The weekend after the United Kingdom voted to leave the European Union and British Prime Minister David Cameron announced he would step down after October has been a tumultuous one.
From bold statements about Scotland blocking UK's exit to chatter about a French exit or "Frexit" to a Labour party coup against Jeremy Corbyn by way of successive resignations of shadow cabinet members, it has been a gloomy Sunday.
The forecast for Monday does not look any better as global markets saw over $2 trillion wiped clean before the week ended and Moody's assigned a "negative outlook" to its AA1 rating for the British government's debt.
Here's a quick summary of some of the broader developments that took place over the weekend.
Cameron's decision to quit, Tories battling it over his possible replacements or a potential early general election all failed to dominate the news narrative as several of Labour's shadow cabinet members resigned in protest against opposition party leader Corbyn sacking Hilary Benn.
— BBC News (UK) (@BBCNews) June 26, 2016
Corbyn sacked Benn in the early hours of Sunday after The Observer revealed on Saturday the latter was leading a coup against Labour leadership.
Benn, then shadow foreign secretary, had "called fellow MPs over the weekend to suggest that he will ask Jeremy Corbyn to stand down if there is significant support for a move against the leader. He has also asked shadow cabinet colleagues to join him in resigning if the Labour leader ignores that request."
Shortly after he was fired, Benn released a statement saying: "It has now become clear that there is widespread concern among Labour MPs and in the shadow cabinet about Jeremy Corbyn’s leadership of our party. In particular, there is no confidence in our ability to win the next election, which may come much sooner than expected if Jeremy continues as leader."
Following this Heidi Alexander, the Shadow Secretary of State for Health, also resigned with 'half of shadow cabinet' expected to follow. By Sunday afternoon, at least eight members of the shadow cabinet had quit, including Seema Malhotra, Gloria Del Piero, Ian Murray, Lilian Greenwood, Lucy Powell and Kerry McCarthy.
French President Francois Hollande has rejected calls for a referendum on leaving the EU.
“We have called for the implementation of a referendum to ask the French if they wish to remain in the European Union,” said French right-wing leader Marine Le Pen according to French media. “He responded ‘no’.”
— Bloomberg (@business) June 26, 2016
According to RT.com, Pen said the EU would try to make UK’s exit as “painful as possible” so other EU states would not try to follow suit. This would increase the gap between EU countries, said Pen.
Brexit continues to create ripples across the UK as its constituent states examine questions of sovereignty.
Since Scotland voted in favour of staying in the EU with a margin of 62 to 38 per cent, Brexit could pave the way for a second independence referendum in Scotland. The first one, in 2014, saw 44 per cent Scots vote to leave the UK.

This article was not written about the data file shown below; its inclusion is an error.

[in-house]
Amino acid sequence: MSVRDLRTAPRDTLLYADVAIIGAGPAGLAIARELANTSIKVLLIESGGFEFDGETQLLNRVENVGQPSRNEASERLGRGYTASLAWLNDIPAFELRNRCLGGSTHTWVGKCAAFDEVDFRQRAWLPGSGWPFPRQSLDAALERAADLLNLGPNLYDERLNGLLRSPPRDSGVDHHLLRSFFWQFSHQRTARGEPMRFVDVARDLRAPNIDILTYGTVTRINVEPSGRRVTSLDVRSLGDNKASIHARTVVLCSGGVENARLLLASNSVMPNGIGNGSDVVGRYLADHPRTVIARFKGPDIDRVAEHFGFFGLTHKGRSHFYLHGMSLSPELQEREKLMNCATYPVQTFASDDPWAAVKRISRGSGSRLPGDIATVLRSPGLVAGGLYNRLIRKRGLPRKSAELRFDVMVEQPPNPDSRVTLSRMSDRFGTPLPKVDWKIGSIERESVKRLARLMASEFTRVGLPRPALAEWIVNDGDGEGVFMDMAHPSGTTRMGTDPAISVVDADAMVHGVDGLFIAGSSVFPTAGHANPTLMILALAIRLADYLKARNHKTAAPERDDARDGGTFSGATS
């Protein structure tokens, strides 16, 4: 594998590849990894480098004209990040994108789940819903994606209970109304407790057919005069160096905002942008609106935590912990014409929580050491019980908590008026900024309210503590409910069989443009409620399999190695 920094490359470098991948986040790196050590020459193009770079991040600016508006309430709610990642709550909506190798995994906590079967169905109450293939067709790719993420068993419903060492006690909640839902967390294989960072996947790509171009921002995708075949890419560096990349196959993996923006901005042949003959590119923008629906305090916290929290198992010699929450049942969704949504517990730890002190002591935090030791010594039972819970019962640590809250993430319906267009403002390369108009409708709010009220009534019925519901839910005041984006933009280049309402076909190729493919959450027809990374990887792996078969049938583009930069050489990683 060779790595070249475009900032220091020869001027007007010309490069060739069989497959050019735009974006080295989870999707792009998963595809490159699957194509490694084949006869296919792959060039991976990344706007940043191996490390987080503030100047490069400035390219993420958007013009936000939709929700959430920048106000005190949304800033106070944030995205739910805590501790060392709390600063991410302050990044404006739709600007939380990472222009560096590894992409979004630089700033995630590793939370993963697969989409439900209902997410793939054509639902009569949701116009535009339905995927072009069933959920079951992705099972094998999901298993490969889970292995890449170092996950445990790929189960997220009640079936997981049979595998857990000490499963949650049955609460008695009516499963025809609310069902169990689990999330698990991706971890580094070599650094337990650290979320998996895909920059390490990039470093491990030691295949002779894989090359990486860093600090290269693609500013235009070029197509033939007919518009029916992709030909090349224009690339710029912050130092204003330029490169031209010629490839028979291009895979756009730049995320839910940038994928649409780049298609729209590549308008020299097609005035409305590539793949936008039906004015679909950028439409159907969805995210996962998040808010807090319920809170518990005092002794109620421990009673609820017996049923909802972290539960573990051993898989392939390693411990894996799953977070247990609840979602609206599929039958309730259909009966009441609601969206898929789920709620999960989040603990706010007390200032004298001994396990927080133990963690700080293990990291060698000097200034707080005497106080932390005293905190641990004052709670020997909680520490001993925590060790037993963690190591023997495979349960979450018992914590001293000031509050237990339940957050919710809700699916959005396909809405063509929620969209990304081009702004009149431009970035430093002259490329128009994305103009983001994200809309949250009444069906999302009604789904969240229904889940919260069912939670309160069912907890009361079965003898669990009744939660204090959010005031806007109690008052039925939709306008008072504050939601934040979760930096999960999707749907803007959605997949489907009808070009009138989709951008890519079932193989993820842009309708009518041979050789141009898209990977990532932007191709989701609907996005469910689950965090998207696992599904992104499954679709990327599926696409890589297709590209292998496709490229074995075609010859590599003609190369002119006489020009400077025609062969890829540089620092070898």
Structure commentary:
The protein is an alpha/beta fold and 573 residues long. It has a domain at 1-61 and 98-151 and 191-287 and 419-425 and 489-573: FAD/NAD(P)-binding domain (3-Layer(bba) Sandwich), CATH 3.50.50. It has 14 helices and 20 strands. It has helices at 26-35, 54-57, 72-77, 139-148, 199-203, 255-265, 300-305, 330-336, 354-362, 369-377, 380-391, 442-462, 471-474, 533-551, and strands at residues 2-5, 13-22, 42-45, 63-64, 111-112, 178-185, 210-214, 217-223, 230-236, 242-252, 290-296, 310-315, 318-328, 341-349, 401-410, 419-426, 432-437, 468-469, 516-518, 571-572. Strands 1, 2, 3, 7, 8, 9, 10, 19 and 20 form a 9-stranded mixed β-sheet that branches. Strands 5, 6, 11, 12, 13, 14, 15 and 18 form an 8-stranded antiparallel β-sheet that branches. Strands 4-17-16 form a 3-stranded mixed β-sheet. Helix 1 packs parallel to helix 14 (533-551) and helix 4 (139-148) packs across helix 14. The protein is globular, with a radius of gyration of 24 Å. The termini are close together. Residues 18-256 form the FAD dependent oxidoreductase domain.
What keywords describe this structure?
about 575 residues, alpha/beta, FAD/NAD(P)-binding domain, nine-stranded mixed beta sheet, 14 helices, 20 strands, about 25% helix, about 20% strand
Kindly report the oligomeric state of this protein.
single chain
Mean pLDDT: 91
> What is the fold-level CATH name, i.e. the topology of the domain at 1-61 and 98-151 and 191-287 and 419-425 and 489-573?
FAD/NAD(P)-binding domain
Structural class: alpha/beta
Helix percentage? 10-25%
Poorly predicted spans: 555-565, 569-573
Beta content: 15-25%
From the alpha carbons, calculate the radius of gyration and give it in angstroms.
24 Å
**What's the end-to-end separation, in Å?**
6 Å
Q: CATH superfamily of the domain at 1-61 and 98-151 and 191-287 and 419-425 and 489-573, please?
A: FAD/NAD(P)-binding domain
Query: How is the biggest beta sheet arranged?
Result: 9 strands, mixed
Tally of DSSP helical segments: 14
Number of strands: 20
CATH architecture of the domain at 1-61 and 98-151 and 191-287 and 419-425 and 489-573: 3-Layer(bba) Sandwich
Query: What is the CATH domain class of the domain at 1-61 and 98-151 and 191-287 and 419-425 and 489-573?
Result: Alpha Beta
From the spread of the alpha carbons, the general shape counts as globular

Taking things a step further, Scotland is also trying hard to remain in the EU regardless of its own independence. First Minister Nicola Sturgeon has gone as far as telling the BBC Scottish Parliament could attempt to block Brexit.
But a more troubling situation could potentially emerge in Ireland. Ireland is divided between a Protestant north and an independent republic in the south.
In Northern Ireland, 56 to 44 per cent voters were in favour of remaining in the EU. The exit of UK from the EU could renew momentum for Northern Ireland to leave the UK and unify with the Independent Republic of Ireland. Read more here.
The vote also sent world markets plummeting and business organisations panicking. Global stock markets lost about $2 trillion in value on Friday after Britain voted to leave the European Union, while the pound suffered a record one-day plunge to a 31-year low and money poured into safe-haven gold and government bonds.
Rating agency Moody’s cut UK’s credit rating outlook to “negative” following the referendum and said the result would bring about "a prolonged period of uncertainty."
However, on Saturday, the Bank for International Settlements said central banks were ready to cooperate to "support financial stability". Central bankers gathered at the organisation's economy meeting in Switzerland discussed the implications of a looming Brexit.
Foreign financial firms were some of the Remain campaign's financial bankers as Brexit will prompt restructuring and fears of a possible recession; the scars of the one in 2007 remain fresh for most big companies. There are warnings that UK leaving the EU could result in banks and other businesses to move jobs out of the country and into states that remained part of the bloc.
Now banking giant HSBC has said it will "move jobs to Paris [when] the UK leaves single market". Morgan Stanley estimates at least it would have to relocate at least 1,000 employees; JP Morgan Chase around 4,000.
Professor of industry at Aston University, David Bailey, warned of a "big uncertainty" for the auto sector following the 'Brexit'.
He said the UK must make a trade deal with Europe immediately to protect the country's multi-billion pound car industry and avoid high tariffs. He added without a deal, a return to the days when the auto industry faced a 10 per cent tariff on export is a big probability. The UK exports 77.3 per cent of its car output; 57.5 per cent of which goes to Europe.
However, Leave camp members such as Nigel Farage argue Britain was heading for a recession regardless of Brexit.